Sometimes when I’m chatting to security engineers and developers I hear them say that the only characters you need to encode (or strip) are < and >. This often comes around due to .Net’s security filter which restricts any alpha-character from appearing after a < character. This filter prevents a lot of XSS attacks but it’s definitely not complete.
Cross-site Scripting is the third vulnerability on the OWASP Top 10 and it is a vulnerability that can allow an attacker to steal confidential data, execute functions on a vulnerable site, virtually deface a site or redirect the user to a malicious page.
Often abbreviated to CSRF and often pronounced as “Sea-Surf” is an attack against a Web Application that abuses an application’s trust in the user. An attacker’s aim is to cause a function to execute on the application using the user’s authentication credentials simply by causing the user’s browser to request that function in the normal way, but from a malicious site.
Most Penetration Testers will know and love Metasploit’s PsExec module for running commands on remote Windows machines, if you’re not familiar with it – it allows you to take a compromised Local Administrator account and use it to execute commands on the remote machine (or to upload Meterpreter of course! These methods all require the ability to write to Admin$ on the remote machine, which basically means a Local Administrator account.
On a Penetration Test, once you’ve scored Domain Admin (DA) Access, it’s generally a good idea to take a look at the hashes stored in Active Directory (AD). Not least because it’ll point out all of the weak accounts that you missed on your journey to DA but also because password reuse across accounts may get you into other systems, such as Linux servers or the network infrastructure.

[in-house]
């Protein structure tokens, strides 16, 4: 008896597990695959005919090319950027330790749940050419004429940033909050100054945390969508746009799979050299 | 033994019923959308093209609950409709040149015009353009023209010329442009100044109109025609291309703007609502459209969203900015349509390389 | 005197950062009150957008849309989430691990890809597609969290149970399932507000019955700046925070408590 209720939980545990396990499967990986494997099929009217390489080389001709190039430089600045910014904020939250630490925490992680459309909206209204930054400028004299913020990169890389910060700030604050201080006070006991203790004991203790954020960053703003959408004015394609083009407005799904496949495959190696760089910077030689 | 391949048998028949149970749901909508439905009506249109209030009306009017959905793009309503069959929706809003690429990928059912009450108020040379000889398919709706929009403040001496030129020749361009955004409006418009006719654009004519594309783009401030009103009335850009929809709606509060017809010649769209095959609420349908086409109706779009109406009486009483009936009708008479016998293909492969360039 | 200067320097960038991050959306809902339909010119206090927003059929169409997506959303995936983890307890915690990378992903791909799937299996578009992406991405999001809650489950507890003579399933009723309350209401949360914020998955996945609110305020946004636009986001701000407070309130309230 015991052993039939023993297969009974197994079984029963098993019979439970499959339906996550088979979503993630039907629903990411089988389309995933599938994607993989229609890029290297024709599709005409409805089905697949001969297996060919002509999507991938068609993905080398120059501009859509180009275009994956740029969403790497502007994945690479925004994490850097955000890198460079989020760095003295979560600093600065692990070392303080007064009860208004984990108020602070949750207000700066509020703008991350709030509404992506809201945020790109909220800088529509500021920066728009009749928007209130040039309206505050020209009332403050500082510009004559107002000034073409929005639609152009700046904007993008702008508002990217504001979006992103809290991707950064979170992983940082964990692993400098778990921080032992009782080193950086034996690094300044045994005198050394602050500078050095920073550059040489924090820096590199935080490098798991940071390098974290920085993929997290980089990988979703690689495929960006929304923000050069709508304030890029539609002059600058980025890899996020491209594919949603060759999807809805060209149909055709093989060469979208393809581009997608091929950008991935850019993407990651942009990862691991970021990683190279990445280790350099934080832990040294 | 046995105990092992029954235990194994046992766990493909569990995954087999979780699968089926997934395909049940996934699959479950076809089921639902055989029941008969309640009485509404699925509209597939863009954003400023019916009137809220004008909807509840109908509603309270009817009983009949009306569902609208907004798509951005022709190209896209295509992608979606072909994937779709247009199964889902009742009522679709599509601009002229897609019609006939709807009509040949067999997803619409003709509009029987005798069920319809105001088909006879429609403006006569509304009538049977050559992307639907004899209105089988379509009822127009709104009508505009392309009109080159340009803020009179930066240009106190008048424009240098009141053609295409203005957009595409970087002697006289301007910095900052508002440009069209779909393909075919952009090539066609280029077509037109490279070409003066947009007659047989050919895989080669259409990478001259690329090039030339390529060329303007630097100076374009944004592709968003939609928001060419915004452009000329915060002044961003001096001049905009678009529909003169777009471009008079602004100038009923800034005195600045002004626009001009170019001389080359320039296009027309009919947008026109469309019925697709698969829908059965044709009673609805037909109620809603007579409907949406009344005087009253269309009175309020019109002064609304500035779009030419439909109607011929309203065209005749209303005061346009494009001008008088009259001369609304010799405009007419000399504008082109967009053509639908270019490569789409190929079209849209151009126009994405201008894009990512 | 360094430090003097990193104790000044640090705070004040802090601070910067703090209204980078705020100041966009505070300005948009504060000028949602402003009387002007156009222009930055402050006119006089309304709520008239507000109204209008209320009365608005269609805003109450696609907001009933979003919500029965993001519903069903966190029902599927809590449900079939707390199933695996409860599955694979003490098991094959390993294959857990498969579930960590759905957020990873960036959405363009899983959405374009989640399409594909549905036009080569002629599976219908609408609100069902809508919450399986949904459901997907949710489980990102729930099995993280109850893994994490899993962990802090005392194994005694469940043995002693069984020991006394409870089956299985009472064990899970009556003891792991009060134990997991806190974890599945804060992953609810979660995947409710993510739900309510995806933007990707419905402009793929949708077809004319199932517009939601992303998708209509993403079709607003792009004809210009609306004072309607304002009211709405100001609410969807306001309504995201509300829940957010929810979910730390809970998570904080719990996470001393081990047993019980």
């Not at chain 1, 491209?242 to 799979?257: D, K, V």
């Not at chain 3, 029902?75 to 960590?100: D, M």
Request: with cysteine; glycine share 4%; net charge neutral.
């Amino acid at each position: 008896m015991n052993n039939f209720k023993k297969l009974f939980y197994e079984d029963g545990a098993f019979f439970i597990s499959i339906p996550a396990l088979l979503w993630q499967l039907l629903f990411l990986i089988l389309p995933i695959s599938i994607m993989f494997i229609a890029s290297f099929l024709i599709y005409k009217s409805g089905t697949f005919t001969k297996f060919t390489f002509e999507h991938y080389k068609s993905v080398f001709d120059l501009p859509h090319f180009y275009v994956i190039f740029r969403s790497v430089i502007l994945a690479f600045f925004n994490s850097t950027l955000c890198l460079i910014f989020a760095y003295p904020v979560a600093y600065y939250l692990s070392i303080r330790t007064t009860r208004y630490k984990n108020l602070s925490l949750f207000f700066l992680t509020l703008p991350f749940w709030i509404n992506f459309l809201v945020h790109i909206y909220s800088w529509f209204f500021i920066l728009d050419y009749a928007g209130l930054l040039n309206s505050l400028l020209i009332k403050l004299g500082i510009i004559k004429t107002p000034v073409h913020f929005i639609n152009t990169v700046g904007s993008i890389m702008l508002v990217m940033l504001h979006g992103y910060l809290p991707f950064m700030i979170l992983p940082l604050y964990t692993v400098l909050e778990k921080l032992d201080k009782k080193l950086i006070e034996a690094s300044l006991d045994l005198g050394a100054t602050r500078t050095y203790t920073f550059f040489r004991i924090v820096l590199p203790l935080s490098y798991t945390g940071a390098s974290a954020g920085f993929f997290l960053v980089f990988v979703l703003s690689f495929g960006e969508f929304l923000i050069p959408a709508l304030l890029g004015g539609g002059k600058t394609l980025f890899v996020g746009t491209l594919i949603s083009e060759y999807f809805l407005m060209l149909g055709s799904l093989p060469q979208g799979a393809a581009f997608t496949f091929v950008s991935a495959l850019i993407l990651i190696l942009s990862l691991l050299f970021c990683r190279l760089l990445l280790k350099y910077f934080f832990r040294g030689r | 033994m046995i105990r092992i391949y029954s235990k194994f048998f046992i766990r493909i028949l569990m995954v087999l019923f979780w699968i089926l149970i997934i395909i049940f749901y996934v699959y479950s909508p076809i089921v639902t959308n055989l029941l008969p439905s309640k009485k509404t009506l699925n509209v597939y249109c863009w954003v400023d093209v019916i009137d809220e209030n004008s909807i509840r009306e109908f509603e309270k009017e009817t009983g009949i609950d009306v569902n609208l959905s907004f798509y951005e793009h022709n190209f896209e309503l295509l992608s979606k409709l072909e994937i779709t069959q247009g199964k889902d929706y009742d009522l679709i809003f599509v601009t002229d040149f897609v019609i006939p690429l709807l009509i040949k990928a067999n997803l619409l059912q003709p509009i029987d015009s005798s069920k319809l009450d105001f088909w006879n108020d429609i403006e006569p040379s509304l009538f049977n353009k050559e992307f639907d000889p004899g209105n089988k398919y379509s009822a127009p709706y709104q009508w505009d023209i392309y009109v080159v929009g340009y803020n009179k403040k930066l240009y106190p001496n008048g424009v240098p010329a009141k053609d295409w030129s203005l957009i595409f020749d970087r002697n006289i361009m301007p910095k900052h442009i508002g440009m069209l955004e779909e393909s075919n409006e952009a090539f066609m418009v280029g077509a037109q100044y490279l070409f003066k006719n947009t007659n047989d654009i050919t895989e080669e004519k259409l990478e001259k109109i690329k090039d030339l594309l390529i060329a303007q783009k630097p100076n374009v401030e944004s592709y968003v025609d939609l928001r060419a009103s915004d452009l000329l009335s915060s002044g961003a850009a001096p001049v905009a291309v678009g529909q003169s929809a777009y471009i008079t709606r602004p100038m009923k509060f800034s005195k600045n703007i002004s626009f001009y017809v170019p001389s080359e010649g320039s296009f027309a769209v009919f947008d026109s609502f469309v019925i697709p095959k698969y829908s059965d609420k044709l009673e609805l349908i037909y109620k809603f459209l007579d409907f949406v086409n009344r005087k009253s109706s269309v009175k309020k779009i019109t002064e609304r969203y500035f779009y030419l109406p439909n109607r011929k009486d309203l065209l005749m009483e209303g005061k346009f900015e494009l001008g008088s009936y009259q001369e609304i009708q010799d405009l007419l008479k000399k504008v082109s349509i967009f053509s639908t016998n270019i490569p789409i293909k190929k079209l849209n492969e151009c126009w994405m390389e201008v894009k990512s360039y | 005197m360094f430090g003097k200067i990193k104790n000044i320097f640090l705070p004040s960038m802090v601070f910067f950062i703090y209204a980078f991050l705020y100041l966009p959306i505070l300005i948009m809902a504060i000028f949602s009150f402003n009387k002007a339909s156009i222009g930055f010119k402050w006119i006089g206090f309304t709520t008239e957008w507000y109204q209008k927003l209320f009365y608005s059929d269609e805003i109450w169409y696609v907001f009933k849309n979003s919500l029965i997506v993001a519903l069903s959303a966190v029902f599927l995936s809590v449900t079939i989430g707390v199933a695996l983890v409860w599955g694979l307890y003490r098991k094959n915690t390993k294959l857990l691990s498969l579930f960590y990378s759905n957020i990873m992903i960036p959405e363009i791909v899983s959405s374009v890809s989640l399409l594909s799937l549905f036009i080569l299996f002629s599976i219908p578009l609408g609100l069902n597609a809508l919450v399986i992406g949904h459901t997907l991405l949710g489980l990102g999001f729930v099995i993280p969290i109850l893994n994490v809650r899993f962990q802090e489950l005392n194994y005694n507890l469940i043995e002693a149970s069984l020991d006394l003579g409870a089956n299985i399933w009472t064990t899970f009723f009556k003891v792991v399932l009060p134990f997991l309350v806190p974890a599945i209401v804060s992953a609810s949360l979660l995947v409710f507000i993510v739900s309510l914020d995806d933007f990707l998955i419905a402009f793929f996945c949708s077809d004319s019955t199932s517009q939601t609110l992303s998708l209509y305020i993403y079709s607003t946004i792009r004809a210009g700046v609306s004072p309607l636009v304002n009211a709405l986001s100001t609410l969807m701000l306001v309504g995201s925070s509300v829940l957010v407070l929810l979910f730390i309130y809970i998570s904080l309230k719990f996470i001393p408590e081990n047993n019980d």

There are a few methods of dumping hashes and every PenTester I expect knows one of these, but I’ve included a few as it’s always good to have a backup plan.
If you use Burp Suite a lot then you’ll no doubt love the interface – moving between tools is really fast and the interface is just friendly; however I recently heard someone complaining that it’s annoying that it’s mouse-only and you can’t use hotkeys to swap between tabs and move between tools…but you can!
Same-Origin Policy (SOP) is a critical part of the security implemented within a web browser. It’s the part of your browser’s security system that prevents malicious pages from reading confidential information from other sites. So thepiratebay.com can’t read data from barclays.com because it’s blocked by SOP.
Criminals try to gather information about us online in order to scam us and steal our identities. In America in 2012, identity theft cost the average victim $365 and 12 hours of work to rectify. In 2013 there were 13.1 million U.S. adult victims, that’s nearly one victim every two seconds! That figure represents 5.5% of U.S. adults. This is why being savvy with our online privacy is important!
Got a path/directory traversal or file disclosure vulnerability on a Windows-server and need to know some interesting files to hunt for? I’ve got you covered Know any more good files to look for? Let me know! Are you on a Linux server? Try this one instead: Path Traversal Cheat Sheet: Linux
Struts is an extensible framework used for creating enterprise Java Web Applications.
In Struts 1.x there is a problem related to how the ActionForm bean population machanism works, whereas in Struts 2.x there is an issue in how ParametersInterceptor allows access to the ‘class’ parameter that is directly mapped to the getClass() method and allows ClassLoader manipulation. Long story short, this can allow attackers to execute arbitrary Java code remotely.